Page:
his character and the efficiency of his serThe remaining years of his life were vices. “His experience," writes the Docspent in comparative retirement, and in the tor, “devoutness, practical good sense, and
spiritual endowments, soon commended him mately acquainted with the working of the to the judgment of the church as emi- Society, many of the most essential of nently fitted for the office to which they those services being such as never come shortly after called him. My entire inter- before the public eye. The estimation in course with him, both as a personal friend which he was held by his brethren of the and a deacon, was uninterruptedly happy, Committee is shewn by the fact that he was and led me to form a high estimate of his called to fill the chair more frequently than moral worth. I feel that by his removal I any other member, up to the time of his am bereft of a valued friend. The abstrac. removal into the country; and also that, tion from the church of Christ, too, of so during the absence of Dr. Angus on depumany Christian virtues as were combined tation to Jamaica in 1846, Mr. Allen was in his character, and adorned his example, requested to undertake some of the most makes that removal a public loss."
responsible of the duties of the secretariat. The church at Brixton Hill being in a When he quitted London his name was depressed state, and Mr. Allen having gone placed on the list of honorary members of to reside in that neighbourhood, he yielded the Committee. He always leaned to the to a request that he would remove from the side of sobriety and prudence in delibeSociety at Camberwell and join that at ration and action, though without narrowBrixton ; in the belief that, while the ness of view, or any lack of faith in the stronger church could spare him, his in- principles and work of the Society. He fluence and effort might be useful to the remained to the close of life, a warm, steady, weaker. The last seven years of his life and active friend of the Mission. It will were passed in the retired village of Aston be long before the frequenters of Moorgate Clinton, Bucks. He laboured with charac- Street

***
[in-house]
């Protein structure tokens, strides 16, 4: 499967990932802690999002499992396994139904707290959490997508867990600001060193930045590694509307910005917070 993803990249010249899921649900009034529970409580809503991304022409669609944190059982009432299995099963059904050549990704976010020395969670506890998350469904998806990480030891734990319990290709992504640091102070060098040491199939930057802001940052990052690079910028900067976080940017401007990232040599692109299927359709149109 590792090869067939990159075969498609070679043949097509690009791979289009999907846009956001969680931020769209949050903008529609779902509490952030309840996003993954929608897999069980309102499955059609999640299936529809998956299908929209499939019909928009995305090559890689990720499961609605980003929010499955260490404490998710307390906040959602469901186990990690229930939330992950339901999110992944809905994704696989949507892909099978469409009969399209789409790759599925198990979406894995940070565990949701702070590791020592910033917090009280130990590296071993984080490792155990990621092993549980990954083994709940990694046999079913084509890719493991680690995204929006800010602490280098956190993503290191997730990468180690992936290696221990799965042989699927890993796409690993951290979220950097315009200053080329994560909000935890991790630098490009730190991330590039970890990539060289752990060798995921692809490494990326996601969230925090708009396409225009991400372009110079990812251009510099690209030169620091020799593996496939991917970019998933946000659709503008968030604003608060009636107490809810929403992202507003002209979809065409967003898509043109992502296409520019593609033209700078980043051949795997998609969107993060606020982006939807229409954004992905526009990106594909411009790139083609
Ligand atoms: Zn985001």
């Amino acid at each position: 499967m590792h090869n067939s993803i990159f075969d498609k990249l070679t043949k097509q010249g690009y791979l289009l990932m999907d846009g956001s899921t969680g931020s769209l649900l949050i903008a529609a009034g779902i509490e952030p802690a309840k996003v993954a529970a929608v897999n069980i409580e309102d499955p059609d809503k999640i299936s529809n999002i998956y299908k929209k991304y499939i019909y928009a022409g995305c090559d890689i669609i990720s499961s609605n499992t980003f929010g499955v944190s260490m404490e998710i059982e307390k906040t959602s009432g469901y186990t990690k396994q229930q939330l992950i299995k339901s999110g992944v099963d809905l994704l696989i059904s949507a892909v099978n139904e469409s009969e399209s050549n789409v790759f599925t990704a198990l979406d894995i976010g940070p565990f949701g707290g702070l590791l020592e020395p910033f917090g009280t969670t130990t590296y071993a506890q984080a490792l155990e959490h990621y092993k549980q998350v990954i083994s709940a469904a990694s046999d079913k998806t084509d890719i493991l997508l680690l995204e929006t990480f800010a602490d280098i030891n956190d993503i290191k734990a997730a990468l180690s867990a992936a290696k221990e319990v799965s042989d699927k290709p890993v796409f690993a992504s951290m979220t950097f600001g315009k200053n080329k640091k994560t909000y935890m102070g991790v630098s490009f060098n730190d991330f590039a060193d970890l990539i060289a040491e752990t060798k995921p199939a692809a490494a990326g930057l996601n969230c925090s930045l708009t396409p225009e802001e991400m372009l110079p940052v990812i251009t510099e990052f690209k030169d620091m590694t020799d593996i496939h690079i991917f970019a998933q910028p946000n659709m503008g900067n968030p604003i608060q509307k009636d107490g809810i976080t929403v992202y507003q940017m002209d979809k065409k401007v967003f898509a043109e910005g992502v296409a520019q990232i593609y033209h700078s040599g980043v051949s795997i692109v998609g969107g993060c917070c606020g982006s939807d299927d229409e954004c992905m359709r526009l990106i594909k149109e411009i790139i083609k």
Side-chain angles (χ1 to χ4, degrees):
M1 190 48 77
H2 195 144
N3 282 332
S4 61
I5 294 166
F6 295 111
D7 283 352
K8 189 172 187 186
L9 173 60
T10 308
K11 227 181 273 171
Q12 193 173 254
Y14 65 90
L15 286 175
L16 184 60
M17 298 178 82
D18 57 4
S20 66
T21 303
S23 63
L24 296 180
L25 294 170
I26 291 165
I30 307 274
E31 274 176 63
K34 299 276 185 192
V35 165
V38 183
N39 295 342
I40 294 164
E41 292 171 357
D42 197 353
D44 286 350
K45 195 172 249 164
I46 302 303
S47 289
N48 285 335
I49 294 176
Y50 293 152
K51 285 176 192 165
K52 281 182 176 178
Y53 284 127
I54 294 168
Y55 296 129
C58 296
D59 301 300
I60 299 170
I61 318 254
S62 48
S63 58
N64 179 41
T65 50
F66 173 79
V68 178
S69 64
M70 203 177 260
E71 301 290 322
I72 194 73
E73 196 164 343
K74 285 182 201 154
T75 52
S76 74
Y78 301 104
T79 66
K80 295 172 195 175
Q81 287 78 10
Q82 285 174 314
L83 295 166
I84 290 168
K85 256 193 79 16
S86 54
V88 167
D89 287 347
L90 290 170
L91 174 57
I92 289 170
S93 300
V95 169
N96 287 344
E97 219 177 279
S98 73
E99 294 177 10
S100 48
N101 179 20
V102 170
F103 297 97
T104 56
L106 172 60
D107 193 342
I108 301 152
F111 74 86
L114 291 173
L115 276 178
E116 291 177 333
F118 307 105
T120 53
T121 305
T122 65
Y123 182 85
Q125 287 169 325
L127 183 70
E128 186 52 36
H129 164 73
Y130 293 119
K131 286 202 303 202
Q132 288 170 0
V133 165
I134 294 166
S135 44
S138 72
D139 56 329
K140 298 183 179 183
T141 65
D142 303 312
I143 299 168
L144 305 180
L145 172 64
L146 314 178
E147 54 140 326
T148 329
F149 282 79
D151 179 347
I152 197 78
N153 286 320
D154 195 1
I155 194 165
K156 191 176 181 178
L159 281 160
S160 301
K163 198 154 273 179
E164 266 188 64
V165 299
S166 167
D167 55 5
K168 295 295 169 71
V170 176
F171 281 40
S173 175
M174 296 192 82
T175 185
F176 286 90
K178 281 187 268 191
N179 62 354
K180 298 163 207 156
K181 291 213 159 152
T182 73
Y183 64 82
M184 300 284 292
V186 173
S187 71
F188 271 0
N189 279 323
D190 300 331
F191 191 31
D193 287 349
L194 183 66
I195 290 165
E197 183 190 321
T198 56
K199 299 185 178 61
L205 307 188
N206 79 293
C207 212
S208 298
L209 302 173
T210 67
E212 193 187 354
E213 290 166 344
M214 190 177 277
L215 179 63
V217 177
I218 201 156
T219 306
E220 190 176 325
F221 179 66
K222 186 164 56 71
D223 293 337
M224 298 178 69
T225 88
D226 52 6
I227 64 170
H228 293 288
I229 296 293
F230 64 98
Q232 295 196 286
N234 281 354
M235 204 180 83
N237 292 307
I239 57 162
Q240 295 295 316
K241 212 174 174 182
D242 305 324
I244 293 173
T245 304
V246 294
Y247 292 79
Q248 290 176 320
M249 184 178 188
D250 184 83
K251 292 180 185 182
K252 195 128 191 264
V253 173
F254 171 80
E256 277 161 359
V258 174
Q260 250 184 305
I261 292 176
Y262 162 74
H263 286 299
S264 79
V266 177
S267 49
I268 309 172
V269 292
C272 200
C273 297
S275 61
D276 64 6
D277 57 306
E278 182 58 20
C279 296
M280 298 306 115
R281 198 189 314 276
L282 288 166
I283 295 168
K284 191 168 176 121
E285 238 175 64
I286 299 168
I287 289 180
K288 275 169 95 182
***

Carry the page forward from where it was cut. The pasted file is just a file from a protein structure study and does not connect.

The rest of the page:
will grow accustomed to the vacancy teristic energy in support of the little cause which his absence will occasion in the there, twice assisting in the enlargement of meetings there. the chapel, and, during the four-years' va- Mr. Ållen succeeded the late Mr. Gurney cancy of the pulpit, bearing much of the as one of the treasurers of the Baptist responsibility, without the name, of a pas- Fund, and was also one of the managers tor. He frequently occupied the pulpit, of the Widows' Fund. On the death of while the general management of the af- Mr. Fletcher, he was appointed treasurer fairs of the church devolved almost entirely of the Baptist Building Fund, an office upon him. His native love of order, espe
which he held for eleven years, resigning cially in connection with the worship of it, on account of failing health, within a God, shewed itself in minute personal at- month of his decease. The duties of this tention to every detail of arrangement, office in connection with the Building while his influence was constantly exerted, Fund are more onerous and irksome than and by God's blessing successfully, to pre- those of the treasurers of ordinary societies, serve the peace, and promote the life of the involving the task of obtaining the regular Church. His removal is a bereavement to repayment of the instalments falling due to that village cause, which to human appre- the Fund. This difficult and often delicate hension, appears utterly irreparable. task our friend fulfilled, not only with un
The work of village preaching, it should failing punctuality, but, according to the be said in passing, was one in which Mr. testimony of the esteemed secretary of the Allen had taken much interest from the Fund, “without in any case creating unperiod of his connection with the church at kindly feelings." Norwich. He not unfrequently, also, occu. While manifesting a thoroughly catholic pied the pulpit with acceptance, while re- spirit in his intercourse with Christians of siding in London.